I have this bash script which nicely backs up my database on a cron schedule:




Problem with this is that it will keep dumping the backups in the folder and not clean up old files. This is where the variable PT_FILESTOKEEP comes in. Whatever number this is set to thats the amount of backups I want to keep. All backups are time stamped so by ordering them by name DESC will give you the latest first.

Can anyone please help me with the rest of the BASH script to add the clean up of files? My knowledge of bash is lacking and I'm unable to piece together the code to do the rest.


First, be sure you are in right folder:

if [ -z $PT_MYSQLBACKUPPATH ]; then
 echo "No PT_MYSQLBACKUPPATH set. Exit"
 exit 1
if [ $? != 0 ]; then
 echo "cd to PT_MYSQLBACKUPPATH failed. Exit"
 exit 1

You can remove files older than n, in your case:

find -mtime +14 -delete

Deletes files older than 14 days.

More complicated (definitely not optimal, though) solution for your question:

# Get list of newest files. If newest files are first, use head -n 14 instead of 
# head.
files=(`ls | sort | tail -n 14`)
# Loop over all files in this folder
for i in *; do 
 #Check whether this file is in files array:
 for a in ${files[@]}; do 
  if [ $i == $a ]; then 
 # If it wasn't, delete it (or in this case, print filename)
 if [ $preserve == 0 ]; then 
  echo $i; # test first, then change this to "rm $i"
| improve this answer | |
  • This isnt what I was really after but actually will work better than what I had in mind. Before I test how do I make sure this is run in PT_MYSQLBACKUPPATH. Don't want to run this outside of that otherwise end up deleteing a whole load of files. Could be a disaster... – Scott Mar 21 '11 at 12:46
  • @Brady: I added example for checking environment. – Olli Mar 21 '11 at 12:51
  • 2
    Do not ever use for i in $(ls) or var=($(ls)) (Hint: for i in *) unless you can be 400% sure that the filenames will never contain spaces or anything like that. – user1686 Mar 21 '11 at 13:02
  • @Olli - Ok that script is now working without error however I won't be able to tell if the 14 day deletion is working untill I have some old files in there. Will re-visit in 14 days if there is an issue. Thanks for the help. – Scott Mar 21 '11 at 13:10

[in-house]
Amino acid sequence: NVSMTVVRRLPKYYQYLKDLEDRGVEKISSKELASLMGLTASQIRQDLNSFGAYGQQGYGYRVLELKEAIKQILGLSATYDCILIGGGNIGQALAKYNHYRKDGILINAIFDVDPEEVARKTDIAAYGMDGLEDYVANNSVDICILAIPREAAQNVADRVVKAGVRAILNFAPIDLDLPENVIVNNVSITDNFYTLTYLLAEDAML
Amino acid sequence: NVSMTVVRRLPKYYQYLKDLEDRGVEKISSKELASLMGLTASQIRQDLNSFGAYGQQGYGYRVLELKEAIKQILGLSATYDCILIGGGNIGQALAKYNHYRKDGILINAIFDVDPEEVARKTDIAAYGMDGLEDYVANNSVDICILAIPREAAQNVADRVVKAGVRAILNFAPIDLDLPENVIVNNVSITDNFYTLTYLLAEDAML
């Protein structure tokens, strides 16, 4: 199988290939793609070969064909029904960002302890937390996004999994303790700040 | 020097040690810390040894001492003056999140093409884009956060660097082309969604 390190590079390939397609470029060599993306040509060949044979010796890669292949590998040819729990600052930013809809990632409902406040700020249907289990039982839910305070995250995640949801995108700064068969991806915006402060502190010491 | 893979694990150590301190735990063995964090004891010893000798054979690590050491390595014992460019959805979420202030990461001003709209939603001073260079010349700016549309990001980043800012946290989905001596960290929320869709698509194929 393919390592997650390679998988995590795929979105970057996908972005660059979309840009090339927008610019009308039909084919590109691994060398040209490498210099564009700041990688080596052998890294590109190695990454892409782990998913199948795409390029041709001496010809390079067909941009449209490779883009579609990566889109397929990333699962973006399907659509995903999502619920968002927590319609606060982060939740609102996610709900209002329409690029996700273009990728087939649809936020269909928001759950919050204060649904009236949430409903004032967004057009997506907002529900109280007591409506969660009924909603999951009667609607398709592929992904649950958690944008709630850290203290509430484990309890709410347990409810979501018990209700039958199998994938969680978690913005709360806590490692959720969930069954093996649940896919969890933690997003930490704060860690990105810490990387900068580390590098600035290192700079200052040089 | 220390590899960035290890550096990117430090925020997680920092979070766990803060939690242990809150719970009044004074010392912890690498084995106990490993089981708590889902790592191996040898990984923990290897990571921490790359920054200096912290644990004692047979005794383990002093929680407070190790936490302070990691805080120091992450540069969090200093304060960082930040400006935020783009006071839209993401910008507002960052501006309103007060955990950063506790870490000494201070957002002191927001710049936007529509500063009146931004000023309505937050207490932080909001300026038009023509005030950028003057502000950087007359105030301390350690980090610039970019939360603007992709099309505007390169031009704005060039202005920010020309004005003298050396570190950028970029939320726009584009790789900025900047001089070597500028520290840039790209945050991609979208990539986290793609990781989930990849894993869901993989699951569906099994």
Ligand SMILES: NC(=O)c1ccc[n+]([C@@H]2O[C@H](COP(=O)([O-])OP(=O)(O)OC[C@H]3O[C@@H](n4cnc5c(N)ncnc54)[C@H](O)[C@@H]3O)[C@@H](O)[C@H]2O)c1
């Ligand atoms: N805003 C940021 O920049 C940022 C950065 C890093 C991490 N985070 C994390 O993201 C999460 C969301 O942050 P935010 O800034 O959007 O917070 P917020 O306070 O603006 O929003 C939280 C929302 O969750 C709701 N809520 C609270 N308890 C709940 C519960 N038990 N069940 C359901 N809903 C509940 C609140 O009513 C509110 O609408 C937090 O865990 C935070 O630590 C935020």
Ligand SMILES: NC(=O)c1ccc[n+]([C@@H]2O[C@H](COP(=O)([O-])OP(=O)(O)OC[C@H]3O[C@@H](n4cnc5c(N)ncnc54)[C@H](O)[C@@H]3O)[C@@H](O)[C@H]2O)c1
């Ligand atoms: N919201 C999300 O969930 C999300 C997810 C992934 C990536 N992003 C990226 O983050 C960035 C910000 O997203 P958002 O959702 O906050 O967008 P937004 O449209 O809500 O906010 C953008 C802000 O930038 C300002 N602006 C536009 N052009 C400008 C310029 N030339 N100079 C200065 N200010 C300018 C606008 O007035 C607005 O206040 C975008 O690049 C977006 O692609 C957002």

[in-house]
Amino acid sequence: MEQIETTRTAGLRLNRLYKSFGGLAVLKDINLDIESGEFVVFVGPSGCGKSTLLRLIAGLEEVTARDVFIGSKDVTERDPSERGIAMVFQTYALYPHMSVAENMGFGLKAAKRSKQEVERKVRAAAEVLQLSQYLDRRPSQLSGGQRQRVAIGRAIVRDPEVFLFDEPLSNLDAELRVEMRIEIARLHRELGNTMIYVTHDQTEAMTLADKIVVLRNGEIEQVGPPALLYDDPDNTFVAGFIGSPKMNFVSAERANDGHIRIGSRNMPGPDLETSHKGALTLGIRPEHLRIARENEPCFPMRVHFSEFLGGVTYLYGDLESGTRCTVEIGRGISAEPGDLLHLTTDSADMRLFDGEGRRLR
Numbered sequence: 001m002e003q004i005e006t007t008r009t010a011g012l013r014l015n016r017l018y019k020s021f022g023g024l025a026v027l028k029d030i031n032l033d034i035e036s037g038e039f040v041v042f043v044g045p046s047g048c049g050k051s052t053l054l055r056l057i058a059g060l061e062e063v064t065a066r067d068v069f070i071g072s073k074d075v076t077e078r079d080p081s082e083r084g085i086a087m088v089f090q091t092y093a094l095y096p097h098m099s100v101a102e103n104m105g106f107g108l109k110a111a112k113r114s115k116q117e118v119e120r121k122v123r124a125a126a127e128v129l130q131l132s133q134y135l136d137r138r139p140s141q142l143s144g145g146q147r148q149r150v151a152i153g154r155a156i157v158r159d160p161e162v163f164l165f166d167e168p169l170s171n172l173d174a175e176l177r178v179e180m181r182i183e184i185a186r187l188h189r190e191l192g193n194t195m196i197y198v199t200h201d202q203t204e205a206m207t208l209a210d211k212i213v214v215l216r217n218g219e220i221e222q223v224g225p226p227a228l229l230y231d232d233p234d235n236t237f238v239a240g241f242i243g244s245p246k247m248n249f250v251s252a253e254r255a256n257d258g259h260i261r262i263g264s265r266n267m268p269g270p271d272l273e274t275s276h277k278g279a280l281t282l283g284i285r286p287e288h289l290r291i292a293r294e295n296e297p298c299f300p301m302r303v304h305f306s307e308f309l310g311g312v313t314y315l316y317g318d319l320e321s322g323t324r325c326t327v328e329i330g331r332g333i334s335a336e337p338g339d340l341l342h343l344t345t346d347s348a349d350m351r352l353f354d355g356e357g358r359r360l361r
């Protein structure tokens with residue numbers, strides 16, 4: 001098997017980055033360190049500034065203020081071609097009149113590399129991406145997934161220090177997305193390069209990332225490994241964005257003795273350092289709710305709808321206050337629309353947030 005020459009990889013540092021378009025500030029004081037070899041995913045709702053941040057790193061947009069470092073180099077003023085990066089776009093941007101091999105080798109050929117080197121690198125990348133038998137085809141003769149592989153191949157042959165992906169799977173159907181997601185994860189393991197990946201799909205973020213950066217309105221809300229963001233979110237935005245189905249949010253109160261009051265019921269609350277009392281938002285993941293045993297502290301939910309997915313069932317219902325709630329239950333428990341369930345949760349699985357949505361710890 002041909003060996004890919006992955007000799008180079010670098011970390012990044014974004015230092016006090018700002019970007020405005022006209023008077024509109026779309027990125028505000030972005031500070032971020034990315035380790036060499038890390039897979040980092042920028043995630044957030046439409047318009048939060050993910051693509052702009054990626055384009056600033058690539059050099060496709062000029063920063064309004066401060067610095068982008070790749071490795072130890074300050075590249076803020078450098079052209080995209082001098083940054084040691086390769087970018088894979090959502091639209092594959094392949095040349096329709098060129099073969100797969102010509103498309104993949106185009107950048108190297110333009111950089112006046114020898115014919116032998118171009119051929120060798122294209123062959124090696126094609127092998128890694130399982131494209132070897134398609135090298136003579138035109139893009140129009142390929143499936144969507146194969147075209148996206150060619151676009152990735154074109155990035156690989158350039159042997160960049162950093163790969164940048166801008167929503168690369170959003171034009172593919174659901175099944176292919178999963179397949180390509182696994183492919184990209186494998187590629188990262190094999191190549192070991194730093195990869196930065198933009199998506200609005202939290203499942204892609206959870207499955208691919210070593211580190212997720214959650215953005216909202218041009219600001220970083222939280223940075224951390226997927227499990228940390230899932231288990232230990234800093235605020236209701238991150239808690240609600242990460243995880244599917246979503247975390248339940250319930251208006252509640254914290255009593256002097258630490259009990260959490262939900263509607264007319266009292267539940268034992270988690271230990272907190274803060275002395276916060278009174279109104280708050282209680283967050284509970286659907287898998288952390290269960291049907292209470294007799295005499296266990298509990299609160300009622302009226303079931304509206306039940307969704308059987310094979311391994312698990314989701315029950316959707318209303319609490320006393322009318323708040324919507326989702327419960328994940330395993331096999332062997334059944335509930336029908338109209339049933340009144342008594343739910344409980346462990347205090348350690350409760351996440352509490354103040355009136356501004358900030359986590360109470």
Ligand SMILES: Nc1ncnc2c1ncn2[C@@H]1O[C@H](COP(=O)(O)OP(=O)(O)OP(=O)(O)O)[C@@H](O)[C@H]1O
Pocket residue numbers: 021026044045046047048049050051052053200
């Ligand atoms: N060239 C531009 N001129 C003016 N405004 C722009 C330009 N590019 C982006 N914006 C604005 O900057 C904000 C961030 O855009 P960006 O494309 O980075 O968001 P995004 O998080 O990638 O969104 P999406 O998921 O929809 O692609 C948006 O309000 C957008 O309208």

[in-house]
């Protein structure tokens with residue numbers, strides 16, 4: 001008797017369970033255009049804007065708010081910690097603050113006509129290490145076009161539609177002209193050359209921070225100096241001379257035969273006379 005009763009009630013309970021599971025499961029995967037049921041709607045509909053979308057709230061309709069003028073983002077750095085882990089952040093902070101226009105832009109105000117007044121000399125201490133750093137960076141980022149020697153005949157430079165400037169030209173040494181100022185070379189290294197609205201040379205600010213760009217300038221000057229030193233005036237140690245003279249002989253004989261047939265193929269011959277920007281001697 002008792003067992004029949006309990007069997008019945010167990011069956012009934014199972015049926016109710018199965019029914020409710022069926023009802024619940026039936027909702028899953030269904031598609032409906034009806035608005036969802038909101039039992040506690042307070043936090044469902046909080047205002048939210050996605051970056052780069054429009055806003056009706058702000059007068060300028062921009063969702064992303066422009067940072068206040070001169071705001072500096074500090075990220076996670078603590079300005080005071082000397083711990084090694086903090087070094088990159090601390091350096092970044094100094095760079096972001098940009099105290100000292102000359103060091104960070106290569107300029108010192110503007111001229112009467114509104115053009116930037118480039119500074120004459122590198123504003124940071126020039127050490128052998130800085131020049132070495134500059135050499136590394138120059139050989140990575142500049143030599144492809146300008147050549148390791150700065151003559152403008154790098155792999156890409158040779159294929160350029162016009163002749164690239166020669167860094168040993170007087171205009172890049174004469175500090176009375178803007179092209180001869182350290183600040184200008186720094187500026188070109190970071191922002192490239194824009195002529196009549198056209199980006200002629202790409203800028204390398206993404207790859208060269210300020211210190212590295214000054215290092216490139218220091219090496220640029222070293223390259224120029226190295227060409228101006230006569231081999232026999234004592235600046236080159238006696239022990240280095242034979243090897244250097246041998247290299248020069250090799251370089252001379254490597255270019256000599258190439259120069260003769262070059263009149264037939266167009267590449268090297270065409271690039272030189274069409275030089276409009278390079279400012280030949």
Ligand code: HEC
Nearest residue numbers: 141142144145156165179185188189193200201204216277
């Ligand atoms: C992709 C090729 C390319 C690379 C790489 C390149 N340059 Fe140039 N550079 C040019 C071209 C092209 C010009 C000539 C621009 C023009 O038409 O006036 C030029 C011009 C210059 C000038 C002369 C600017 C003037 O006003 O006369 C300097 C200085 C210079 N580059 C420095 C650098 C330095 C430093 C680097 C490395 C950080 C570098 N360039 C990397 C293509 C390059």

• 1
    ls | sort sorts by name. Use ls -t | head -n 14 (it will still fail, though, for filenames that contain whitespace). – Paused until further notice. Mar 22 '11 at 0:14

You could try this one:

ls -r1 $PT_MYSQLBACKUPPATH/ | tail -n +$(($PT_FILESTOKEEP+1)) | xargs rm

ls -r1 will list all files in reverse order, one file per line.

tail -n +$number filters the first $number-1 files of the list out (resp. displays all files beginning from $number till the last one).

xargs will execute rm with all file names from standard input.

| improve this answer | |
  • Thanks for your reply bmk but I have gone with using find -mtime +14 -delete provided by Olli – Scott Mar 22 '11 at 14:49
  • +1 because this very precisely answers the question. – DevSolar Jun 28 '12 at 14:58

Here is my usage of inspiration from this post:

# Thu Jun 28 13:22:53 CEST 2012
# ${DESTDIR}/files2keep.sh
# Keep the 3 yungest files
# mra at miracleas.dk , deployed on RHEL 6.
TODAY=`date +"%Y%m%d"`
NOW=`date +"%H%M"`
KEEPFILES=(`ls -lrt ${DESTDIR}/*mysqldump.sql.gz| tail -n 3| awk '{print $9}'`)
    for i in `ls -lrt ${DESTDIR}/*mysqldump.sql.gz | awk '{print $9}'`; do
    #Check whether this file is in files array:
        for a in ${KEEPFILES[@]}; do
                if [ $i == $a ]; then
    if [ $preserve == 0 ]; then
    echo $i; # then change this to "rm -f $i" after test
| improve this answer | |

Regarding answer from bmk, when available ls -t1 is safer than -r1 (sort by modification time rather than arbitrary file order)

Also on some versions of tail syntax is tail -n +$number (option -n is needed)

As a bonus, combining both find and ls, here is a way to remove files older than 30 days but keep at least 15 files:

ls -t1 $PT_MYSQLBACKUPPATH/|tail -n +16| xargs -n1 basename|xargs -n1 -I{} find $PT_MYSQLBACKUPPATH/ -mtime +30 -name {} -delete
| improve this answer | |

sorry to reopen this older thread, but i had recently a similar issue and could not find a good solution.

In the end i solved it like this:

cd /directory_where_things_need_removing
ls -tr1dQ * | head -n -31 | xargs rm -rf

important parts are ls -tr1dQ where the Q quotes, solving the spaces issue, and 1 which gives 1 solution per line. head -n -31 which OMITS the first 31 lines (in my case = 1 month). please note the - before n and before the number of lines you want to keep. tested on scientific linux 6.5

| improve this answer | |
ls -t /path/* | grep -v "$(ls -t /path/* | head -6)" | xargs rm -f
| improve this answer | |
  • Some explanation of the code you're posting would be great. Can you edit your answer? – slhck Aug 12 '13 at 18:18

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